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HAMBURG/COPENHAGEN: Hapag-Lloyd is replacing the Mediterranean Shipping Company (MSC) as Maersk’s liner shipping partner beginning in February 2025 when Maersk and MSC part company.

The new alliance, called Gemini Cooperation, will provide 26 mainline services with a fleet pool of around 290 vessels with a combined capacity of 3.4 million containers (TEU) split 60 percent Maersk and 40 percent Hapag-Lloyd.

The cooperation will cover seven trade routes between Asia and the U.S. East and West Coast; Asia-Middle East; Asia-Mediterranean; Asia-North Europe; Middle East-India; Europe and Transatlantic.

“Teaming up with Maersk will help us to further boost the quality we deliver to our customers. Additionally, we will benefit from efficiency gains in our operations and joint efforts to further accelerate the decarbonisation of our industry,” comments Rolf Habben Jansen.

The two companies say they have set schedule reliability above 90 percent once the network is fully operational.

Both companies are committed to the decarbonisation of their fleets and have set an ambitious decarbonisation targets with Maersk aiming for net-zero in 2040 and Hapag-Lloyd in 2045.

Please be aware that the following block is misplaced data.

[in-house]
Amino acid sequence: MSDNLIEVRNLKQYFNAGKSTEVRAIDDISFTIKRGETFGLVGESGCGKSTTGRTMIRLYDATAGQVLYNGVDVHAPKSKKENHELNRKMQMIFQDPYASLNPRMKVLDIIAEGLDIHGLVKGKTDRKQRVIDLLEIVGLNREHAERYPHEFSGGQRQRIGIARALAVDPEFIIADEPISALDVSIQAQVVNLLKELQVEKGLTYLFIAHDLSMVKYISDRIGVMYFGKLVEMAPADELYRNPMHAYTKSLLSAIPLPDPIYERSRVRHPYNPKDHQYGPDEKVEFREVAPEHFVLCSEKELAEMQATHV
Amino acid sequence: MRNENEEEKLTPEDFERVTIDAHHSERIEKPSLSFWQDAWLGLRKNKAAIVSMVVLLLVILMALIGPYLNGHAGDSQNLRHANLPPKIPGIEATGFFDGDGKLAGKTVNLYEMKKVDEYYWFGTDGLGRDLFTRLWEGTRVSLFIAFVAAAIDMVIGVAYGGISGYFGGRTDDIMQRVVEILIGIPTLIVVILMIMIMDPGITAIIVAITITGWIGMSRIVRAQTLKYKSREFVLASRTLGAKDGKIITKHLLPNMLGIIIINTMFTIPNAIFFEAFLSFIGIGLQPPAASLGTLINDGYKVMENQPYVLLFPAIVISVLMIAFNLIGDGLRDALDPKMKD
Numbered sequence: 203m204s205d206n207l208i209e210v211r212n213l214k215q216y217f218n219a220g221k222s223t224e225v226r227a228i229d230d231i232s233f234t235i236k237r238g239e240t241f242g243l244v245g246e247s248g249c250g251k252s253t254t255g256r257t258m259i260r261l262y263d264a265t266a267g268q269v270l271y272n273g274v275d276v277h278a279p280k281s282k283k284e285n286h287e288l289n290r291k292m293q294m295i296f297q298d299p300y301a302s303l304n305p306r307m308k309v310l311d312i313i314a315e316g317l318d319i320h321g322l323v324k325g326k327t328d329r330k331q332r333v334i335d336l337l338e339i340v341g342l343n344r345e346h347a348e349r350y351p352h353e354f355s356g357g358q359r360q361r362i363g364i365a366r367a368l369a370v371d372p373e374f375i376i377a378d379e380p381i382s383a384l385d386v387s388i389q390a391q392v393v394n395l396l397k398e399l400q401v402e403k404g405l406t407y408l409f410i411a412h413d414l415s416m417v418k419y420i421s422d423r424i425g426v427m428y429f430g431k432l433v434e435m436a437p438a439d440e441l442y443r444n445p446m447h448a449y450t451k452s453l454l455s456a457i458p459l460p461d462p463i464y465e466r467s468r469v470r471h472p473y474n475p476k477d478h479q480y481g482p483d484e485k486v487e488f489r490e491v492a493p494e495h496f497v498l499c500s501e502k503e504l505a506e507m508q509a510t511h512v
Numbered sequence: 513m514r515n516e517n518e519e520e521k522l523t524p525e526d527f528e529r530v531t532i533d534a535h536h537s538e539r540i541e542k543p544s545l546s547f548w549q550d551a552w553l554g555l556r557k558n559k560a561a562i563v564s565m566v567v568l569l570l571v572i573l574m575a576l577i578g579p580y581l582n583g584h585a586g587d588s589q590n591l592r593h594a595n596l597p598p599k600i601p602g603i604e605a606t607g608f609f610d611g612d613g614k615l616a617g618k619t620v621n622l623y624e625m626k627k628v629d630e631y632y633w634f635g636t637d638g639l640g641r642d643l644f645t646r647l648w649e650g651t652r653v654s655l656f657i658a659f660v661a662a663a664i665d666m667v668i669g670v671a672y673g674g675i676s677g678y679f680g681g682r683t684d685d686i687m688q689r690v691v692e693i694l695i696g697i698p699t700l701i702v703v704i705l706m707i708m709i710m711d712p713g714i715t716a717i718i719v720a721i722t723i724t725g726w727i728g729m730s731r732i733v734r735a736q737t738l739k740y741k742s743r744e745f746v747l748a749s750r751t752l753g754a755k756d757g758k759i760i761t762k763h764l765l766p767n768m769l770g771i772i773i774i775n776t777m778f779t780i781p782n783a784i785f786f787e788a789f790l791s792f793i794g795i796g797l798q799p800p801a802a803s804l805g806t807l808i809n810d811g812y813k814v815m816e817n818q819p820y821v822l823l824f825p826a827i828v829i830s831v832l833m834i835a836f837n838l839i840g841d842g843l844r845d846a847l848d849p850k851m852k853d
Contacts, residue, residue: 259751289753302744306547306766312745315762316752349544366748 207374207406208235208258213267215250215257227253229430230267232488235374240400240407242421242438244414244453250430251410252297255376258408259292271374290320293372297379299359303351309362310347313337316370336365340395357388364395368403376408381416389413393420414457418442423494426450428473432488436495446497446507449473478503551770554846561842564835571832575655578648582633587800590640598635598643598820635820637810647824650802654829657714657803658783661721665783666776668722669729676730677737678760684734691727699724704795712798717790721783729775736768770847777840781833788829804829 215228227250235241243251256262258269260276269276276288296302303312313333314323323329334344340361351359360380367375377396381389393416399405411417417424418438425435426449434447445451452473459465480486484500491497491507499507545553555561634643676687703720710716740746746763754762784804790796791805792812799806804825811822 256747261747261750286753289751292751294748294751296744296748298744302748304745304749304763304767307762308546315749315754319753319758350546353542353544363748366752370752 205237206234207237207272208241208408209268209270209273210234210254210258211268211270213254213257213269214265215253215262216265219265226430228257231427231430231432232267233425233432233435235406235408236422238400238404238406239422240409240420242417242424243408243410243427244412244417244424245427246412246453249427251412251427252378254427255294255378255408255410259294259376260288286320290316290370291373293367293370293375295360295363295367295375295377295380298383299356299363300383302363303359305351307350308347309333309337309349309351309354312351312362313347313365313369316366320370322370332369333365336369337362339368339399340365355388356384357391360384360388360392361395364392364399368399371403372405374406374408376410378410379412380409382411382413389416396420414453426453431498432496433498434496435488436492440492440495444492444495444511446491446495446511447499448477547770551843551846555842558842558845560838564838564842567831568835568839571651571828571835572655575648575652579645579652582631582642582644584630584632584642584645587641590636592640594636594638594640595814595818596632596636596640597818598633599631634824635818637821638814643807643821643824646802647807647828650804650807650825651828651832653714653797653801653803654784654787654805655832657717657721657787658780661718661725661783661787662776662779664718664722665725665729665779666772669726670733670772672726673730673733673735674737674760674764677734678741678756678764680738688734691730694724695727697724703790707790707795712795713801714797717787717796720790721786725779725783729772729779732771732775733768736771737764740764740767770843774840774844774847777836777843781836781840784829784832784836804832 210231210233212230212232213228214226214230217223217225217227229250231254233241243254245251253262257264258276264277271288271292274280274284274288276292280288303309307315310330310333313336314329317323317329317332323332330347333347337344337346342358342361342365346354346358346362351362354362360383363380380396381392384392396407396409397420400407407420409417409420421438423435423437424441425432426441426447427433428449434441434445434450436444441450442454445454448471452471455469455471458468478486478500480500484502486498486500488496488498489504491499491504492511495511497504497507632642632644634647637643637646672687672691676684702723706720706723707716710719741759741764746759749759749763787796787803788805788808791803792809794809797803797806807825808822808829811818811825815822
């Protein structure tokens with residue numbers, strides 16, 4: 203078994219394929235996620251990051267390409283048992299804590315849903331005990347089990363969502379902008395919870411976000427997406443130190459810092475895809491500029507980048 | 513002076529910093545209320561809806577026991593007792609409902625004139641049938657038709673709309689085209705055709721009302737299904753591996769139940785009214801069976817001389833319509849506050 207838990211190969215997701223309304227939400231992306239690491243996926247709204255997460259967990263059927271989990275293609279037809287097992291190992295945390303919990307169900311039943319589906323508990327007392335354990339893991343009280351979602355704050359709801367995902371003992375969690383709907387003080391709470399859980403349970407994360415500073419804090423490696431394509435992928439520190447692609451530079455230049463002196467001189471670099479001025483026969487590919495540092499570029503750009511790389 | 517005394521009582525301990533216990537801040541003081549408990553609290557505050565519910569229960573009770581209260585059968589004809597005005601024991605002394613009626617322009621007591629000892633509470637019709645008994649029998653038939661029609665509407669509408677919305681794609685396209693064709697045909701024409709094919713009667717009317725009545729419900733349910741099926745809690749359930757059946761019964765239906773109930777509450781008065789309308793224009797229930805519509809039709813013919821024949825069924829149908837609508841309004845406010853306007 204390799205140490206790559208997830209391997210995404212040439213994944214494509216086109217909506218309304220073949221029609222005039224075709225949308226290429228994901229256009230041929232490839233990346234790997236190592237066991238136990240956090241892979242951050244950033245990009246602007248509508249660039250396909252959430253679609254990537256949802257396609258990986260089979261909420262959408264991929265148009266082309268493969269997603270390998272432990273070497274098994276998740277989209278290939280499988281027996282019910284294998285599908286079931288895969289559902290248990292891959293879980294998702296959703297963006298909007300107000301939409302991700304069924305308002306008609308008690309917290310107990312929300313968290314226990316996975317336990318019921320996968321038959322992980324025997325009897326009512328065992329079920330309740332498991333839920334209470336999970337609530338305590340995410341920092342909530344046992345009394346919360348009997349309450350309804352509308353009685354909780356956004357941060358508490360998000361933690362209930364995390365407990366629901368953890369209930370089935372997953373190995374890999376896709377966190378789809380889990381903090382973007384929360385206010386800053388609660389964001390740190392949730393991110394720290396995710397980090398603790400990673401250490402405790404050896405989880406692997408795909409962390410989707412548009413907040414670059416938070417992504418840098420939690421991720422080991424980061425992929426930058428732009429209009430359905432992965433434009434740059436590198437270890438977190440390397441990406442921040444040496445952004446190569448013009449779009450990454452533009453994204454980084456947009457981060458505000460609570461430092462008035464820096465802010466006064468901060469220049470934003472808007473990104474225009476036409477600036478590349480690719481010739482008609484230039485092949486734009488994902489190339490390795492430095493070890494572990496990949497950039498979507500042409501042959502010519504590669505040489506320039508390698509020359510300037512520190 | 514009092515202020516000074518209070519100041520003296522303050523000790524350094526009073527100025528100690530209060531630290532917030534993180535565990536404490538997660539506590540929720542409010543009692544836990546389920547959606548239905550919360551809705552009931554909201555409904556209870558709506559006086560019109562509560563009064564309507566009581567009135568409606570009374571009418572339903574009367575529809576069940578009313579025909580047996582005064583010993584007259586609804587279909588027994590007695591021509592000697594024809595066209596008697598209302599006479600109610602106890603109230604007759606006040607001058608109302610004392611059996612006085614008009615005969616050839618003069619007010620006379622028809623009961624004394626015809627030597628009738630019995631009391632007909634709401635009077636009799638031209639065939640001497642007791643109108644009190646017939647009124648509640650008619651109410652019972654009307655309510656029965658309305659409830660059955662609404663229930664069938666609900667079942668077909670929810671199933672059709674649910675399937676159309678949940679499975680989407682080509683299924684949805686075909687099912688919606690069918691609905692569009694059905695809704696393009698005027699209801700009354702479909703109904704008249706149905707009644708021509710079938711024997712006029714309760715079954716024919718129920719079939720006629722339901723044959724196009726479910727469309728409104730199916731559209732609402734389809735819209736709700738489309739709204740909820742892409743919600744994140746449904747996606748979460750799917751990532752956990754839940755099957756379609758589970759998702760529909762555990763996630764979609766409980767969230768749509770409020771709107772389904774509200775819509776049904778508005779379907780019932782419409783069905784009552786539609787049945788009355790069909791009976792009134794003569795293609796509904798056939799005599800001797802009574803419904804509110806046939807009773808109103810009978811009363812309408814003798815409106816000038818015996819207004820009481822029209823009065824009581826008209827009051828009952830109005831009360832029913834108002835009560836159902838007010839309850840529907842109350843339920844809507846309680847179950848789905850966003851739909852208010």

In a related move, Maersk has named the world’s first of 18 large methanol fuel-enabled containerships on order "Ane Mærsk" in Ulsan, South Korea. The vessel will enter service in February between Asia and Europe powered by green fuel.

“This series of vessels will have a transformative impact on our ambition to progress on our industry-leading climate ambitions. It is a visual and operational proof of our commitment to a more sustainable industry,” commented A.P. Moller-Maersk CEO Vincent Clerc.

Maersk defines green fuels as producing “low to very low” greenhouse gas (GHG) emissions over their life cycle compared to fossil fuels. The company describes “low” as fuels with 65-80 percent reduction in lifetime GHG compared to fossil fuels and “very low” as a fuels with a 80-95 percent life-cycle reduction.
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